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Dossie Harrison

Dossie Harrison has made education the foundation of her life’s work. During segregation she matriculated through Roxboro Elementary School and graduated from Person County High School in 1967. While in high school she was inducted into the National Honor Society and received several scholarships, which she used toward her collegiate education at North Carolina College at Durham (Now known as North Carolina Central University). She graduated in 1971 with a Bachelor’s Degree in Psychology. She also earned a Master’s Degree in Education Counseling from NCCU and later accompanied that with a second Master’s Degree in Education/Curriculum Development from the University of Virginia in Charlottesville, Va. Her story reminds us that education can lift us out of challenging circumstances. 


Q) What was your upbringing like in Person County?

A) My Father raised tobacco as a sharecropper, so I worked on the farm until I was 19 years old. I was raised in a wonderful loving home with wonderful parents and siblings. I am the youngest of six children from a very close-knit family. We still eat together regularly. My parents taught us to always keep God first and find something to laugh about every day, including maybe laughing at ourselves. My father told us despite racism we could achieve and have a fruitful life and all six of his children did.


Q) What is your career path and what are your proudest achievements?

A) I worked for state governments for 31 years, in several different positions and locations. Here in Person County I worked at Piedmont Community College as a counselor and social worker. I also worked here as the director of community corrections coordinator. In that capacity I co-wrote a grant for the first drug court program in the county. The drug court was placed under the umbrella of community corrections, so I supervised the staff of the drug court program.

In Durham I worked at the Employment Security Commission and I was the director of a sheltered workshop with persons with disabilities.

I worked with the Vance County School system as the director of the Alternative Learning Center and the hearing officer for the system. While there, I co-wrote a grant establishing a fifteenth school in Vance County to serve as the official alternative school.

And I worked with the Virginia Department of Corrections as an assistant principal and special education coordinator at the Mecklenburg Correctional Center in Boydton, VA, which is a maximum-security prison.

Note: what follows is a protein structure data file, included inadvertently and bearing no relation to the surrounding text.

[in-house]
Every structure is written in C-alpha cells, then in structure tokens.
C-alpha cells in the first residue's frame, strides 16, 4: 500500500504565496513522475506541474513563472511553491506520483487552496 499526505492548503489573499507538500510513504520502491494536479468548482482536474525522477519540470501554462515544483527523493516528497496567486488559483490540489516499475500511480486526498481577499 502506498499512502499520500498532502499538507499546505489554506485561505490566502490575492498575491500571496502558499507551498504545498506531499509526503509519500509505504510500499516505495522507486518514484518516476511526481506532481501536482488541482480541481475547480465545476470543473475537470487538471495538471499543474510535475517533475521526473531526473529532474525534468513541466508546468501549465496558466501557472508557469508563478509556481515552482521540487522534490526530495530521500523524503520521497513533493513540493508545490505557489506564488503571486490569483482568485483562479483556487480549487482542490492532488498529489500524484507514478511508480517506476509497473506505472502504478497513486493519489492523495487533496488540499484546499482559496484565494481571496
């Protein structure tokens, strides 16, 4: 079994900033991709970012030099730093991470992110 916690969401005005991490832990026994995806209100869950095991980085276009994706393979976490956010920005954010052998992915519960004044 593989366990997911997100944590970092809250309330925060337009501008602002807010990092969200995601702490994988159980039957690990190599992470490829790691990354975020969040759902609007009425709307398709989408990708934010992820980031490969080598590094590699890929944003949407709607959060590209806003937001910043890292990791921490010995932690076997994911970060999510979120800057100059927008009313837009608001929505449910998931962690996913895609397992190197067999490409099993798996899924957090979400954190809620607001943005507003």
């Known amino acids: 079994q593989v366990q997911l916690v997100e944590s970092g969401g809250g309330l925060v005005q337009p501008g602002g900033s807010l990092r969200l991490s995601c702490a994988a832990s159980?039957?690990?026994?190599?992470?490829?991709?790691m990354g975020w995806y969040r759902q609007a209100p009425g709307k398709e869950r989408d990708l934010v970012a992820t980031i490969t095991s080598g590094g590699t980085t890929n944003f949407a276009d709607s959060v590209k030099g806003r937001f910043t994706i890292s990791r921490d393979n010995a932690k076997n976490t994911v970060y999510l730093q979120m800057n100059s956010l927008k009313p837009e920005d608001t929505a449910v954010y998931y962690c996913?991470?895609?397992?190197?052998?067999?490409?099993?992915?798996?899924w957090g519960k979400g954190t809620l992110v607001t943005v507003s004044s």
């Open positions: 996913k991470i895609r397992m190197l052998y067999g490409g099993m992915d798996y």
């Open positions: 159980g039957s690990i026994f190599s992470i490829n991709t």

Q) What organizations or community endeavors do you participate in?

A) I am currently a proud member of BASIC (Brothers And Sisters In Conversation), an organization tackling race issues in Person County. I have also served on the Board of Directors for Person Family Medical Center for 12 years. I am an original member of and served on the board of directors of Habitat for Humanity for Person County and I chaired the committee to select the first family to receive a home. I was also the first Chairperson of the Roxboro/Person County Human Relations Committee and served in that capacity for 8 years. And I served on the Person County Schools Dropout Prevention Task Force from 2002-2006.


Q) Why is it important that women be recognized for their foundational work in our community and our nation?

A) Women are literally the backbone of this nation. One example comes to mind of recently deceased Katherine Johnson, the mathematician who worked at NASA in the 1960’s and was pivotal in making the calculations that allowed NASA to put Alan Shepherd in space, John Glenn into orbit, and Neil Armstrong on the moon. Without a woman those feats would not have happened.


Q) What do you envision for the future of Person County?

A) In the future minorities need to have a bigger voice in what happens here. There needs to more minority-owned businesses in Roxboro and we need to be recruiting talented people from various backgrounds who can use their gifts to enhance the business sector of our community. Person County needs more jobs, and not just fast food places but jobs that pay a living wage. And The County needs more recreation areas for children and families.


Q) What advice for girls and young women who look to you for motivation?

A) Believe in God and trust him in every area of your life. Form a personal relationship with God. Have respect and love for yourself.  Do not allow anyone to talk you into things you know you should not do. Have confidence in your abilities and strive to achieve your life goals.

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